Might England have found another piece in the jigsaw? It's been a long time since they could feel they had a settled opening pair. Arguably not since the days of Alastair Cook and Andrew Strauss - who opened together for the last time in 2012 - have England been able to look a couple of series ahead and predict, with some degree of certainty, the identity of both openers.

But, as Dom Sibley and Rory Burns posted the first century stand by England openers at home since 2016, it did seem realistic to imagine that this would be the pair in possession when England start the 2021 season. Yes, they will be tested in different ways in Asia this winter - the smart money currently suggests England may return to Sri Lanka in January and play their Test series against India after that in the UAE - but the manner they have adapted and overcome challenges so far bodes well.

Sibley will end this series having reached 50 three times in five innings. His average, for both the series and his career to date, is in the mid-to-late 40s and twice in his last six Tests, he has made a century that has played a substantial part in establishing a match-winning position. He may not be especially pleasing on the eye, but the scorecards he helps create will be. He has earned a prolonged opportunity.

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Burns, too, has averaged in the mid-40s this series. Without going on to make a significant score, he reached 30 in four of his five innings and, in his final innings here, showed a welcome ability to accelerate against the spinners.

Both men have slightly complex trigger movements and technical set-ups. As a result, when things go wrong - and they're bound to from time to time - their dismissals may look uglier than normal. But they are both patient and tight outside off stump and together they have given England a stability they have lacked for the best part of a decade.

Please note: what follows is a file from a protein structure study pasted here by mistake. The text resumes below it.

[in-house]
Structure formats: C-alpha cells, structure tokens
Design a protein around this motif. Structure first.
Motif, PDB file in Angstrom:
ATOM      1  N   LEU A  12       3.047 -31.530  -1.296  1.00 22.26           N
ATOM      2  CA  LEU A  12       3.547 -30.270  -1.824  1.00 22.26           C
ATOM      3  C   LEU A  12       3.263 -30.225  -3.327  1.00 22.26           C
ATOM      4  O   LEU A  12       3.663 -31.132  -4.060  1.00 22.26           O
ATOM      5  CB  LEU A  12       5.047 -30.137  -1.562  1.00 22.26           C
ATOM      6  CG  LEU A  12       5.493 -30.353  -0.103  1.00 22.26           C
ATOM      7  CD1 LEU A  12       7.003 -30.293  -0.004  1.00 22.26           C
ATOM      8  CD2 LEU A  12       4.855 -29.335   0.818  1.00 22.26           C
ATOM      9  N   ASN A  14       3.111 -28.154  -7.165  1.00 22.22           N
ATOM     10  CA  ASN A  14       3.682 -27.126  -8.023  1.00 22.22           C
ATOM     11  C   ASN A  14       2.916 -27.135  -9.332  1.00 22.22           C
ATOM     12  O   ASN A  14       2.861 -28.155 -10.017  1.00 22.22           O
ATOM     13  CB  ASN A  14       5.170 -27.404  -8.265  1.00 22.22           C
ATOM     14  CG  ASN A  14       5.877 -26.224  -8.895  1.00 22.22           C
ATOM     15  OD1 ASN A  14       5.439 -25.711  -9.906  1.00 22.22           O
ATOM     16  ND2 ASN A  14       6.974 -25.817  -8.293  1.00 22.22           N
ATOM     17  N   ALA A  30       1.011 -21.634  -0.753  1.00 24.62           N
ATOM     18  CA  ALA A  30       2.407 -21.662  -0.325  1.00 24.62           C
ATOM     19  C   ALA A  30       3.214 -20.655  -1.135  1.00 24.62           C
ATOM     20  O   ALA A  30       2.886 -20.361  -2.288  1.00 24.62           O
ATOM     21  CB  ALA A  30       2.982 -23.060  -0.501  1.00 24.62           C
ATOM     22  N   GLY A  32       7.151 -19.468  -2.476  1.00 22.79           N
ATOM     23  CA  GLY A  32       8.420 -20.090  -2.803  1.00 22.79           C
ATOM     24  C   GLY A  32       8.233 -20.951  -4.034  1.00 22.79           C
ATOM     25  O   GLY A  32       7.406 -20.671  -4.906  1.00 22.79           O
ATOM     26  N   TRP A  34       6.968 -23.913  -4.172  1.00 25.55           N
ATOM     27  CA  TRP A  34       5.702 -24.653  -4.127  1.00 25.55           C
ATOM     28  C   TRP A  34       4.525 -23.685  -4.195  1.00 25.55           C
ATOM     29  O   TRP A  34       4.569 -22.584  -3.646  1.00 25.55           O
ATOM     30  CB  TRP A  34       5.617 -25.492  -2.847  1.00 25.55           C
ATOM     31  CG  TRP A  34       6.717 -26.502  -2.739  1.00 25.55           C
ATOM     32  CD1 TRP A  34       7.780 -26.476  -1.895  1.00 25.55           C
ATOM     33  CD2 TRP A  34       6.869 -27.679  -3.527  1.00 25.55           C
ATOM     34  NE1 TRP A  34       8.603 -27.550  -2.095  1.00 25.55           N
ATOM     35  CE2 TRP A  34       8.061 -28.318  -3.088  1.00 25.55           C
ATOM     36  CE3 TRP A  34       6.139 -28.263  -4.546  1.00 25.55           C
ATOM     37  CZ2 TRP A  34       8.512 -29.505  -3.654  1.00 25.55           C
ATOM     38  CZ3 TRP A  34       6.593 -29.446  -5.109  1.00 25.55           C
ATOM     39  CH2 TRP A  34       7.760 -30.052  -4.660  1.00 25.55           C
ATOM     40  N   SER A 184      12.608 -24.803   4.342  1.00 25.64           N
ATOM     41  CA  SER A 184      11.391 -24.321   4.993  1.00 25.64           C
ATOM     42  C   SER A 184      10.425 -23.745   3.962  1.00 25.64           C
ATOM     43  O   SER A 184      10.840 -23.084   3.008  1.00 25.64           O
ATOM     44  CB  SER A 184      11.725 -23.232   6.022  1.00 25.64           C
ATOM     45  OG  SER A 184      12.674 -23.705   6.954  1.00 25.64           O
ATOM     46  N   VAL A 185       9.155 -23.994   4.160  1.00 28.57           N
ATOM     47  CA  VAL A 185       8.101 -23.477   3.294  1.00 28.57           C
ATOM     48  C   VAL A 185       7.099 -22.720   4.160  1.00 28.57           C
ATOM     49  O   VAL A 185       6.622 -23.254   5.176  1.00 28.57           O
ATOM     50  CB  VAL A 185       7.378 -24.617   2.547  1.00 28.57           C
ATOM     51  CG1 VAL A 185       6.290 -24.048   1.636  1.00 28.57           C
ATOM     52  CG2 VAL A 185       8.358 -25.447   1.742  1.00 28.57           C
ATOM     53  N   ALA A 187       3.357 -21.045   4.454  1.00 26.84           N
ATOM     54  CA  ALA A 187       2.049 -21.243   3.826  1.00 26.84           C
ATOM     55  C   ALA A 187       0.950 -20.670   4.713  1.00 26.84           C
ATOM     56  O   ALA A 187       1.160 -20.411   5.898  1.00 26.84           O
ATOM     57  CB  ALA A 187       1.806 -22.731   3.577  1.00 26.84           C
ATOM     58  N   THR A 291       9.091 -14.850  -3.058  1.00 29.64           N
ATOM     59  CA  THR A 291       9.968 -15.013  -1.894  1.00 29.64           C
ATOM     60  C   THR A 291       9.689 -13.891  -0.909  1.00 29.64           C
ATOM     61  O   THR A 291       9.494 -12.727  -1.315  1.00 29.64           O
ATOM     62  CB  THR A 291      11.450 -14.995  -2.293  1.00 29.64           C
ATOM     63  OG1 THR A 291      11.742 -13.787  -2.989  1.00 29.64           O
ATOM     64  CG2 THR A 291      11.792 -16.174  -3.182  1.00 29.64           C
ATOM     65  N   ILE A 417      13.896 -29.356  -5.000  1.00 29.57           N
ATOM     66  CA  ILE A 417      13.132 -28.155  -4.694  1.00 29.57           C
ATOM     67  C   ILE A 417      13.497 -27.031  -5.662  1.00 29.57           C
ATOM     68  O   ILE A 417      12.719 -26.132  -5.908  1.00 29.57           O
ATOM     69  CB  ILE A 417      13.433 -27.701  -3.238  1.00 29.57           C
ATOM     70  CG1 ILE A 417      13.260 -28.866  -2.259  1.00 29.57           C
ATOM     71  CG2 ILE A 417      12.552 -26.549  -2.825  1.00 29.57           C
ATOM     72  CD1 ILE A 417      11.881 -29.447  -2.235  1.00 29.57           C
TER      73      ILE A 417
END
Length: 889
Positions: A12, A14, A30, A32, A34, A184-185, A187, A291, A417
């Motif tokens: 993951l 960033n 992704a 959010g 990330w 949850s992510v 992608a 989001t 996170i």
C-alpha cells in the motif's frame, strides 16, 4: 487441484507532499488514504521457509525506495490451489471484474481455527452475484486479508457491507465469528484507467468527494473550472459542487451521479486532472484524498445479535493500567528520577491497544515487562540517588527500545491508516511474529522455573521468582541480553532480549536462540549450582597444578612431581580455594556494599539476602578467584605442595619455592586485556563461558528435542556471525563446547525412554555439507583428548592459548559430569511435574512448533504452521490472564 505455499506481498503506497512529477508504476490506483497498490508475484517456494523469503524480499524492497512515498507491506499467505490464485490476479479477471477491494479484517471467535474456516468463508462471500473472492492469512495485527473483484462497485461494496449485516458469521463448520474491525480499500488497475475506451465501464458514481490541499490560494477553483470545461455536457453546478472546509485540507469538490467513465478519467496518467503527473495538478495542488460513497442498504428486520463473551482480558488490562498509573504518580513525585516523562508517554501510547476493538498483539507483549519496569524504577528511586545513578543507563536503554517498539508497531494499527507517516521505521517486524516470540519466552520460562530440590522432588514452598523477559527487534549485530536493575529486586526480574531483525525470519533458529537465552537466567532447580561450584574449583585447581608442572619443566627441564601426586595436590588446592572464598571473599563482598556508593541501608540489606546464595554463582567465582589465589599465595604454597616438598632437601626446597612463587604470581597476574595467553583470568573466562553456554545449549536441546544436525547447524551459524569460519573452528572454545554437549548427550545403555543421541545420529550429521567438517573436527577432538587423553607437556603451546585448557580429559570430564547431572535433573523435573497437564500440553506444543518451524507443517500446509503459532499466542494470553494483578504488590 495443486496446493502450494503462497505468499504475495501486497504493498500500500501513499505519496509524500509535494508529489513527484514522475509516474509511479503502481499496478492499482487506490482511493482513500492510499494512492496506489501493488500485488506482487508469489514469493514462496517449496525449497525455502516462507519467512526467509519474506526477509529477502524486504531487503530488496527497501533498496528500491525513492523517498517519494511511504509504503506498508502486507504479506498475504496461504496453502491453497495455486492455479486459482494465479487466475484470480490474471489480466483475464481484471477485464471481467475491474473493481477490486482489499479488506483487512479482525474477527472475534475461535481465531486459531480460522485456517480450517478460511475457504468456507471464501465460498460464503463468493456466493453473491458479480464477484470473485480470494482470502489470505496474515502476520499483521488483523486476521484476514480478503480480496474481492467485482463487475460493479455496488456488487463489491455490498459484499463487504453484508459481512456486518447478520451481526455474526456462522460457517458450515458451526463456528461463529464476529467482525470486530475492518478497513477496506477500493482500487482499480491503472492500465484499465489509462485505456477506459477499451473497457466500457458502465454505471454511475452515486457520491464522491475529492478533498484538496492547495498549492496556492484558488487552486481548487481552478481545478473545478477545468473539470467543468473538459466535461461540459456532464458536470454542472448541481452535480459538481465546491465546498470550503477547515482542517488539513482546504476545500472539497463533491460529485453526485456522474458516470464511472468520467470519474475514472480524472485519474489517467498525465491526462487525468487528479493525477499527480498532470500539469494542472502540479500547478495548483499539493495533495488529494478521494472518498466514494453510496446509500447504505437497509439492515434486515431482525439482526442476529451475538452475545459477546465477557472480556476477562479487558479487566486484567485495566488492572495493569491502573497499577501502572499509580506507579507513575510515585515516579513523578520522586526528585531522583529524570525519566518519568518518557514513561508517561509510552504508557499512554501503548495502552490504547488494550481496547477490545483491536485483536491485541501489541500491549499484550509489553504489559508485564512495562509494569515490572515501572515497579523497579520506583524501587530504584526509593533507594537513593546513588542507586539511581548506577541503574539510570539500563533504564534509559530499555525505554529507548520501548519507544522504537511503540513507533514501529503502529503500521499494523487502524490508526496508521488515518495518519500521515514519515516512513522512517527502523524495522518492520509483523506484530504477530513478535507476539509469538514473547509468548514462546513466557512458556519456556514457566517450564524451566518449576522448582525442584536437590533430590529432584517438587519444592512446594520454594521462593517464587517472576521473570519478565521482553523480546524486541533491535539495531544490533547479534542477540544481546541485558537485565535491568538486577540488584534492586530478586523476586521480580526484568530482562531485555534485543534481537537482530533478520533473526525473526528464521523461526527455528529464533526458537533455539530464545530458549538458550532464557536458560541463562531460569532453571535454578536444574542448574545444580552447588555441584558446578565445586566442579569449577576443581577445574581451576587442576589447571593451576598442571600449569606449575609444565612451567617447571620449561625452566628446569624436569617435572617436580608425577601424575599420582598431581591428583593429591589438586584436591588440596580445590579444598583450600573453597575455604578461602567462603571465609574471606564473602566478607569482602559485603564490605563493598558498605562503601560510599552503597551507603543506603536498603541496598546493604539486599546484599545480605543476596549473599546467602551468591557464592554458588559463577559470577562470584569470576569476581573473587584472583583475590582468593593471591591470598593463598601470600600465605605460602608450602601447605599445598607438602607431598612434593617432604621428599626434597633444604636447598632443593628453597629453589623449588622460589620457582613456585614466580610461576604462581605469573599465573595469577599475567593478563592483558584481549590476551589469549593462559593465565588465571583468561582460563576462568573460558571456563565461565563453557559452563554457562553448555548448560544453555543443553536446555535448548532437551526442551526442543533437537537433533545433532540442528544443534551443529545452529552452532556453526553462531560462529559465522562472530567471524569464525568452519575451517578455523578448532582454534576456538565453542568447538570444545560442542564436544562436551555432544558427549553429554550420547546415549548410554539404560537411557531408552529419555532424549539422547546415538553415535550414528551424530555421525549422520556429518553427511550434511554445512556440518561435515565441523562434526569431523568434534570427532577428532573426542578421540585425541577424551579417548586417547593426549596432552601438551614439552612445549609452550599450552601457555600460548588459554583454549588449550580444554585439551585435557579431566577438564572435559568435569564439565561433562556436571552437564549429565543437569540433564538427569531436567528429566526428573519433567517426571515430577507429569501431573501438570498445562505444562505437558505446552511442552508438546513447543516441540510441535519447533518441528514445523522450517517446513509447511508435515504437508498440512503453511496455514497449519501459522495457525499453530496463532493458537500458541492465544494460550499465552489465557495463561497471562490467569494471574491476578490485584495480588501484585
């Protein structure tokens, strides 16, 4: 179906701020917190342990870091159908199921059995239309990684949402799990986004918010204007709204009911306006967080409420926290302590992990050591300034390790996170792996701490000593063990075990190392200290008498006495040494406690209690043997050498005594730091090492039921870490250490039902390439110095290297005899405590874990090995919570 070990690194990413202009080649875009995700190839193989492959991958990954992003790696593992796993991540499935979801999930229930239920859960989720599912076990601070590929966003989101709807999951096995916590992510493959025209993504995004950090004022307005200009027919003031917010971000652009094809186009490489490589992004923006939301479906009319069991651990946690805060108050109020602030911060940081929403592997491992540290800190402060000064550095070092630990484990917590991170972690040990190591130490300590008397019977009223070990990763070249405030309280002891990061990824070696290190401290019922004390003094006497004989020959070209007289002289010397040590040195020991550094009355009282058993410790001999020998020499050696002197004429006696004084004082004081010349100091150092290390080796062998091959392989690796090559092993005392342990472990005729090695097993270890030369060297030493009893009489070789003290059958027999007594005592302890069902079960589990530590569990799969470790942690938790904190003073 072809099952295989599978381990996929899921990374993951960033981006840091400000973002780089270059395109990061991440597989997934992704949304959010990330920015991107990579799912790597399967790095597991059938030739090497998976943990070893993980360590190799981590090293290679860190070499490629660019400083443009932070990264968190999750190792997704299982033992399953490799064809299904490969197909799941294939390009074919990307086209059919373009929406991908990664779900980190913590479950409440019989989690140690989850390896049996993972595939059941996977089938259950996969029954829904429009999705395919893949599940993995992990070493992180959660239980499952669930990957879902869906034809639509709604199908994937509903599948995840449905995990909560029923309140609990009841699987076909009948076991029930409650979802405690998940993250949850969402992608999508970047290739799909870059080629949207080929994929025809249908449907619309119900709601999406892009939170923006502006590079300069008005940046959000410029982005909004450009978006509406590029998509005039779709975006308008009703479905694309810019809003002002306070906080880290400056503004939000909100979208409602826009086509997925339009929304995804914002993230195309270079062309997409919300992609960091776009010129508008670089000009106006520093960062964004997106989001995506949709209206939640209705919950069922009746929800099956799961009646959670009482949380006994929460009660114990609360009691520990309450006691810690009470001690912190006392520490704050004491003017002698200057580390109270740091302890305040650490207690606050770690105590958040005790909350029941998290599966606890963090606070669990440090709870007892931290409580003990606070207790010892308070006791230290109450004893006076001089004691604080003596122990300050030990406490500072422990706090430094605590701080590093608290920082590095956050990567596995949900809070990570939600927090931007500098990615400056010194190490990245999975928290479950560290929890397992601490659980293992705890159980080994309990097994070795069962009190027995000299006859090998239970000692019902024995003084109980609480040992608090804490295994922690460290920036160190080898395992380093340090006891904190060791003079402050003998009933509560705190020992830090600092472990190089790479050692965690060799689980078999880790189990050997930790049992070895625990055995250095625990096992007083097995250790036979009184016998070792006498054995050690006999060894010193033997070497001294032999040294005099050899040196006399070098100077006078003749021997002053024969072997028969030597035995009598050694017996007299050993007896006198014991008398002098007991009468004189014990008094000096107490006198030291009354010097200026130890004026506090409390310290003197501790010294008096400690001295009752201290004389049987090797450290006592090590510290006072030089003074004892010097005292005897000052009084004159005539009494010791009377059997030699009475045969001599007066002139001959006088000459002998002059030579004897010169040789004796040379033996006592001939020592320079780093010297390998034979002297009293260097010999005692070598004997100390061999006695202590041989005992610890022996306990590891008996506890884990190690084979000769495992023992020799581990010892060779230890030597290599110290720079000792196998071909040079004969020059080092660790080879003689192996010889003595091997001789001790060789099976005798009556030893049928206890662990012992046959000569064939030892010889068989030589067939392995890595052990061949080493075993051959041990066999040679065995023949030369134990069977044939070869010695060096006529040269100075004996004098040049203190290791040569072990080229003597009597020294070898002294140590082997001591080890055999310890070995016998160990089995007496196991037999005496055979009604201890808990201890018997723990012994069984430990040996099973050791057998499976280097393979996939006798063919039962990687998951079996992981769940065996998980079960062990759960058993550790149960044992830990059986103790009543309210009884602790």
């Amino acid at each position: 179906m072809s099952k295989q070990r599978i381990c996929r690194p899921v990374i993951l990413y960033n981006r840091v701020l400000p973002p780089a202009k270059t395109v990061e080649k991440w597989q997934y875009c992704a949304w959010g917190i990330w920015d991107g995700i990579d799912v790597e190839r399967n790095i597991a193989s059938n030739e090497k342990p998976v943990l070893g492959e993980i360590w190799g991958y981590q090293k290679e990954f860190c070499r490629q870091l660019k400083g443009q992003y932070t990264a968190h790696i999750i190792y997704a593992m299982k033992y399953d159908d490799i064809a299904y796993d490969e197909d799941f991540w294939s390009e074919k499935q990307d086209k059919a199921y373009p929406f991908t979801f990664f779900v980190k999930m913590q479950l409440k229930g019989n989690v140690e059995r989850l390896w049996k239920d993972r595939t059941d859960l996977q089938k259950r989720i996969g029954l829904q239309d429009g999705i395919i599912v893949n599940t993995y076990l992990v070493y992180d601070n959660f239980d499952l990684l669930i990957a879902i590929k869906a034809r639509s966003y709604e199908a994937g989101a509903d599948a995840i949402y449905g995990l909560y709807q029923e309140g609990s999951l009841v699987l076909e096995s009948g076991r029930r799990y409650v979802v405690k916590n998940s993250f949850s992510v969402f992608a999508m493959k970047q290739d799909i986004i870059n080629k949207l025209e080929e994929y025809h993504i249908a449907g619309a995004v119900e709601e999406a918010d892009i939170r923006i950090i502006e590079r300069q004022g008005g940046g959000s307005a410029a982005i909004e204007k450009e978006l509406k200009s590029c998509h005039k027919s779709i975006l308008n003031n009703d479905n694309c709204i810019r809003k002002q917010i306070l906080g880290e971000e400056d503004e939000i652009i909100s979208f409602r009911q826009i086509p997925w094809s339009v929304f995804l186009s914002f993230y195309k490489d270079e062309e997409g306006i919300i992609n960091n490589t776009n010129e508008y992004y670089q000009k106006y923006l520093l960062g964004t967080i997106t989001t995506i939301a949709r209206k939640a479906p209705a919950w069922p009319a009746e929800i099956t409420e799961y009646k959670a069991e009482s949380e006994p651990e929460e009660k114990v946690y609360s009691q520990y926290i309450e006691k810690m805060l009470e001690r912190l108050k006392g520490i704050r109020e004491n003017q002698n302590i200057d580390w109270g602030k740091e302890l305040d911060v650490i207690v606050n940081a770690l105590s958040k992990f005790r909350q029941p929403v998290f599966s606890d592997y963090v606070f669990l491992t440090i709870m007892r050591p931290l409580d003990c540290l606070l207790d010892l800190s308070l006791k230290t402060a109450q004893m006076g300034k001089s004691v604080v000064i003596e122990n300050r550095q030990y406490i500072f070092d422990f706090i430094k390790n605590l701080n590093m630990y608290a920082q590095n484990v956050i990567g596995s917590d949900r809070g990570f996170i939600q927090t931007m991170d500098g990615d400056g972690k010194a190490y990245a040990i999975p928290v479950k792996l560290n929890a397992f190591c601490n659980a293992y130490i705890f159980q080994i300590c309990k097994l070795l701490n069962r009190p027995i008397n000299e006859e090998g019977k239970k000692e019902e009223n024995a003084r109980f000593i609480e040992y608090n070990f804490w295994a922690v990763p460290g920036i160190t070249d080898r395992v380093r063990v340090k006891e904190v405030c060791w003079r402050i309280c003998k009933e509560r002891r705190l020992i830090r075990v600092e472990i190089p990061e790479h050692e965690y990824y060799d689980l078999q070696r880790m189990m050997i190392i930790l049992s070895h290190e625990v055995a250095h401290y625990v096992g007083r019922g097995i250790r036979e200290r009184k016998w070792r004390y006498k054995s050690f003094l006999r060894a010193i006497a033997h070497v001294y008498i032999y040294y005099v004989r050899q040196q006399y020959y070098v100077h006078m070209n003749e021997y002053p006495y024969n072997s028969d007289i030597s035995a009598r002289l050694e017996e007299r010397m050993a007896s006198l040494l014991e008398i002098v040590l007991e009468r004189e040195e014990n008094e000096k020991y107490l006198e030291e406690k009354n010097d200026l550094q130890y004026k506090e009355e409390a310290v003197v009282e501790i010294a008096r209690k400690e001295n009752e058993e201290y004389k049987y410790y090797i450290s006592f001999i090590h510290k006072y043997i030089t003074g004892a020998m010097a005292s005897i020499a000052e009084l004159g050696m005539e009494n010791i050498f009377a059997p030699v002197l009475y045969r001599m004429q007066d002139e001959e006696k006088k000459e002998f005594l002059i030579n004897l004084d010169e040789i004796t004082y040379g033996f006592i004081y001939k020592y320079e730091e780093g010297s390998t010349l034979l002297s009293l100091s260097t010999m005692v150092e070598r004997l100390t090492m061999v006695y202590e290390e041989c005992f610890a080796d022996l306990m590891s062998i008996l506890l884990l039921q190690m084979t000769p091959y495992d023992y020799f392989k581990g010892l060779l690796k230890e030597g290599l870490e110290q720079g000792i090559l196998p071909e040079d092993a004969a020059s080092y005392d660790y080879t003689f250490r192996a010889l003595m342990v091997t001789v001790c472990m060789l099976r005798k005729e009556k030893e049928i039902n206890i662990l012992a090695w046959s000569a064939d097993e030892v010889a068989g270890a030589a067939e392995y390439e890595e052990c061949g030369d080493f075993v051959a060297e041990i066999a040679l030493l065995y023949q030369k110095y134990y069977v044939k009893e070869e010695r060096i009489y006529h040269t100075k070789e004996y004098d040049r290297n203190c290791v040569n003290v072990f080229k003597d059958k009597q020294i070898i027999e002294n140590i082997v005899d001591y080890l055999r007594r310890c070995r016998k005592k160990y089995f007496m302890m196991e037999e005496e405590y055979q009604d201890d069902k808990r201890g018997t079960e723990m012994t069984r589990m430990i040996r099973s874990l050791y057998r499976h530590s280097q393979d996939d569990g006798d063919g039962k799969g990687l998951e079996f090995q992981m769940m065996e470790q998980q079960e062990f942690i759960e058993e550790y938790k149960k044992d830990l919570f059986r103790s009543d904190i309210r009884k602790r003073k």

It's no coincidence that, since they started playing together in November, England have made 400 four times. On another occasion, they declared on 391 for 8. Before that, England had managed a total of 400 only once since the start of 2018. And then it came in a second innings. Sibley and Burns represent a significant step forward.

There may be days - there may even have been moments on the afternoon of the third day - when their solidity creates some impatience. With a first-innings lead of 172, they might, in a perfect world, have pushed on a little earlier. Every side would love the likes of Virender Sehwag or Chris Gayle at the top of the order.

But England have been there and they've tried that. They tried to turn the likes of Alex Hales (who was involved in that 2016 century stand alongside Cook) and Jason Roy into Test openers. Four times in three years they lost all 10 wickets within a session. They were bowled out for under 90 three times in 2019.